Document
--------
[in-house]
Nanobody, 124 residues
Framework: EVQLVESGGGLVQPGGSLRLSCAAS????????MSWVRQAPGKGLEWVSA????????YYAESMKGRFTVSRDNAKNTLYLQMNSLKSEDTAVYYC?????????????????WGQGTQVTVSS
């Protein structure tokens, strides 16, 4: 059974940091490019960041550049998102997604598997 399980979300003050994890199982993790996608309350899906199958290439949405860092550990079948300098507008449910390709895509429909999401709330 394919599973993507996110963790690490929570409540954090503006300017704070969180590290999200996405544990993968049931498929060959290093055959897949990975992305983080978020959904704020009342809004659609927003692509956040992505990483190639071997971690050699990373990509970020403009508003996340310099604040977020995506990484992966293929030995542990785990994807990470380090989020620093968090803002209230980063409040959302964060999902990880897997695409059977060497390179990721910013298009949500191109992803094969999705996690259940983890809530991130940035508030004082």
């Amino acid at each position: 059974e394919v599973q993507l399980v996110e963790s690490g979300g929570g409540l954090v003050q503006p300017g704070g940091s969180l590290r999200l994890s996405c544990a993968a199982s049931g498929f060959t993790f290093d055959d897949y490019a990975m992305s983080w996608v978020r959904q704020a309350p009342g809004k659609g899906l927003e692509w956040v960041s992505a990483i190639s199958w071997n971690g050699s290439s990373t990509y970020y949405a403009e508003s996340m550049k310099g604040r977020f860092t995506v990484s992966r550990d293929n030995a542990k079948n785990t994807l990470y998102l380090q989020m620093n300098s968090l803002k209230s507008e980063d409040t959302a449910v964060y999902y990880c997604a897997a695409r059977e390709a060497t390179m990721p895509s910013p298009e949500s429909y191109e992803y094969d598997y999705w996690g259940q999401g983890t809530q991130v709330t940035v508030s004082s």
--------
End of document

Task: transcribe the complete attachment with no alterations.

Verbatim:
[in-house]
Nanobody, 124 residues
Framework: EVQLVESGGGLVQPGGSLRLSCAAS????????MSWVRQAPGKGLEWVSA????????YYAESMKGRFTVSRDNAKNTLYLQMNSLKSEDTAVYYC?????????????????WGQGTQVTVSS
């Protein structure tokens, strides 16, 4: 059974940091490019960041550049998102997604598997 399980979300003050994890199982993790996608309350899906199958290439949405860092550990079948300098507008449910390709895509429909999401709330 394919599973993507996110963790690490929570409540954090503006300017704070969180590290999200996405544990993968049931498929060959290093055959897949990975992305983080978020959904704020009342809004659609927003692509956040992505990483190639071997971690050699990373990509970020403009508003996340310099604040977020995506990484992966293929030995542990785990994807990470380090989020620093968090803002209230980063409040959302964060999902990880897997695409059977060497390179990721910013298009949500191109992803094969999705996690259940983890809530991130940035508030004082």
């Amino acid at each position: 059974e394919v599973q993507l399980v996110e963790s690490g979300g929570g409540l954090v003050q503006p300017g704070g940091s969180l590290r999200l994890s996405c544990a993968a199982s049931g498929f060959t993790f290093d055959d897949y490019a990975m992305s983080w996608v978020r959904q704020a309350p009342g809004k659609g899906l927003e692509w956040v960041s992505a990483i190639s199958w071997n971690g050699s290439s990373t990509y970020y949405a403009e508003s996340m550049k310099g604040r977020f860092t995506v990484s992966r550990d293929n030995a542990k079948n785990t994807l990470y998102l380090q989020m620093n300098s968090l803002k209230s507008e980063d409040t959302a449910v964060y999902y990880c997604a897997a695409r059977e390709a060497t390179m990721p895509s910013p298009e949500s429909y191109e992803y094969d598997y999705w996690g259940q999401g983890t809530q991130v709330t940035v508030s004082s």